On the Igbo, Teshuvah, and the Resiliency of the Jewish Spirit
This past summer, I received a profound lesson in the resilience of the Jewish spirit — and how it invariably manages to take root even in the most unexpected of places.
After participating in a congregational delegation to Africa this past spring, I had a profound desire to spend a longer period of time there on my summer sabbatical. As I searched for the best possible way to serve as a volunteer rabbi, I found my way to Kulanu, who informed that they had long been interested in sending a volunteer rabbi to Nigeria. Upon further conversation, I received an extensive education on the Igbo tribe — a large Nigerian tribe of 40 million whose clans trace their lineage to the lost tribes of Israel. For many years both Igbo and Western scholars have noted the striking similarities between native Igbo customs and Israelite tradition. Today, the Igbo are almost entirely Christian, having been thoroughly missionized, by the British — but they nonetheless retain a strong sense of kinship with the Jewish People.
As I traveled throughout this country so far removed from my own home, I was repeatedly received as a brother, as a member of the tribe, as it were.
Over the last decade or so, an astonishing phenomenon has developed: a Jewish “rebirth” of sorts occurring throughout the Igbo community. Synagogues have been forming spontaneously throughout Nigeria, along with the tentative growth of Hebrew and Torah study. Kulanu explained to me that they had developed a relationship with the Igbo Judaic communities, who were especially eager for a visit from a rabbi for an extended period of time.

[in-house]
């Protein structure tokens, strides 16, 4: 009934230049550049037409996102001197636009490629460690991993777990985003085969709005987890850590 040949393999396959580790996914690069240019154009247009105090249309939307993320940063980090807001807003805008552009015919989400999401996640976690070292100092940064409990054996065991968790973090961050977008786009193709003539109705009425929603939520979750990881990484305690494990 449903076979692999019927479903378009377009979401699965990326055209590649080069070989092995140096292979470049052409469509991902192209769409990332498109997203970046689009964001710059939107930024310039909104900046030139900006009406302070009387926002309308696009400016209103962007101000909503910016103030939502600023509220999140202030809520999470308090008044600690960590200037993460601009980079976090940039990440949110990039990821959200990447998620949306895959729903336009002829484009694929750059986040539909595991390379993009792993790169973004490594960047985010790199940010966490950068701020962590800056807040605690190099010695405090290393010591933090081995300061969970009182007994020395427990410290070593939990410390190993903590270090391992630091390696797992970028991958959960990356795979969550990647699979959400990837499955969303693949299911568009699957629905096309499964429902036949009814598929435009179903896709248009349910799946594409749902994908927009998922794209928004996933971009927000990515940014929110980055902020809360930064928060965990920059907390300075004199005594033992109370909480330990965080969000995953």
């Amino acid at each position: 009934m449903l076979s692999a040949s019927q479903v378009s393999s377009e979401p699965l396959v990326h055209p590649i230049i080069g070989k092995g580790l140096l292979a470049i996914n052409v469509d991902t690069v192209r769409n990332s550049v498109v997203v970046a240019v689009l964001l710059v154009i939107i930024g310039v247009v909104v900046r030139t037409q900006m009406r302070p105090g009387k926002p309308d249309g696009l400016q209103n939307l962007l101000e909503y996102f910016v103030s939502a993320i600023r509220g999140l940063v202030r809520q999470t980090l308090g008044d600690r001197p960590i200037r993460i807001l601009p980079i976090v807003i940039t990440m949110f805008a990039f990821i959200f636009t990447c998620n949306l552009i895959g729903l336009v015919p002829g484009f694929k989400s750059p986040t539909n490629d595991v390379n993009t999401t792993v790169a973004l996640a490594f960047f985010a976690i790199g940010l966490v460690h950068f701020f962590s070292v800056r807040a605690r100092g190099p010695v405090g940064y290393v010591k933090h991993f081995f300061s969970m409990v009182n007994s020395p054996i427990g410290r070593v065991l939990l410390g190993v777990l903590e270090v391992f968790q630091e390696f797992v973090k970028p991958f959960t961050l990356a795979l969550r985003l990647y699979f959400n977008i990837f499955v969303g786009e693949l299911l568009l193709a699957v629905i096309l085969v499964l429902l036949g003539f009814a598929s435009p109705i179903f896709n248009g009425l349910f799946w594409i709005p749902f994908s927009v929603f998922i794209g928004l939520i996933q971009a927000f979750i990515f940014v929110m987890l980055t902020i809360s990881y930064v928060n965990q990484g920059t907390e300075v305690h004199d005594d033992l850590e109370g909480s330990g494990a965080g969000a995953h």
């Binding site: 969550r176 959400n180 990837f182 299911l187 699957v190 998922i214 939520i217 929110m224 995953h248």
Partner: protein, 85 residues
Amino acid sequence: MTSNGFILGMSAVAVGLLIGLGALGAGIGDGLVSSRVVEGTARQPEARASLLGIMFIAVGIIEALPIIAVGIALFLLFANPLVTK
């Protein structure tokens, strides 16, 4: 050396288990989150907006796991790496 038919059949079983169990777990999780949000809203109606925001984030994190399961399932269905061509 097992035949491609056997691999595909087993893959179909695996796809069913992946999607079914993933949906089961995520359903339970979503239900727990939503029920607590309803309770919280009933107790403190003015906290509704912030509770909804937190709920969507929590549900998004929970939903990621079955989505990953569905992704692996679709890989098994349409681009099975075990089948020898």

After I said I would consider a visit to Nigeria, Kulanu put me in touch with their field representative there, an Igbo lawyer and scholar named Remy Ilona who would quickly become my dear friend and my new Igbo brother. Remy has done extensive research on the Israelite heritage of the Igbo and over the past few years he has become an important resource person for their new Judaic communities. As I corresponded with Remy, I was immediately taken by his intense passion and commitment to his heritage, to his people and to what he called the Igbo teshuvah — their “return” to reclaim their original birthright.
It is not an exaggeration to say that after just a few initial e-mail conversations, his passion and excitement won me over. And so, with Remy as my host, I spent an amazing month of July in Nigeria with the Igbo. I spent two weeks in the capital city of Abuja, and traveled for ten days throughout the Igbo state of Anambra, one of the many states in the south of Nigeria known as Igboland. During my stay, I met and dialogued with Igbo leaders, taught Torah study classes in Judaic Igbo communities, led Shabbat services in Igbo synagogues, joined in their communal meetings and celebrations, and was made an honorary member of various Igbo clans.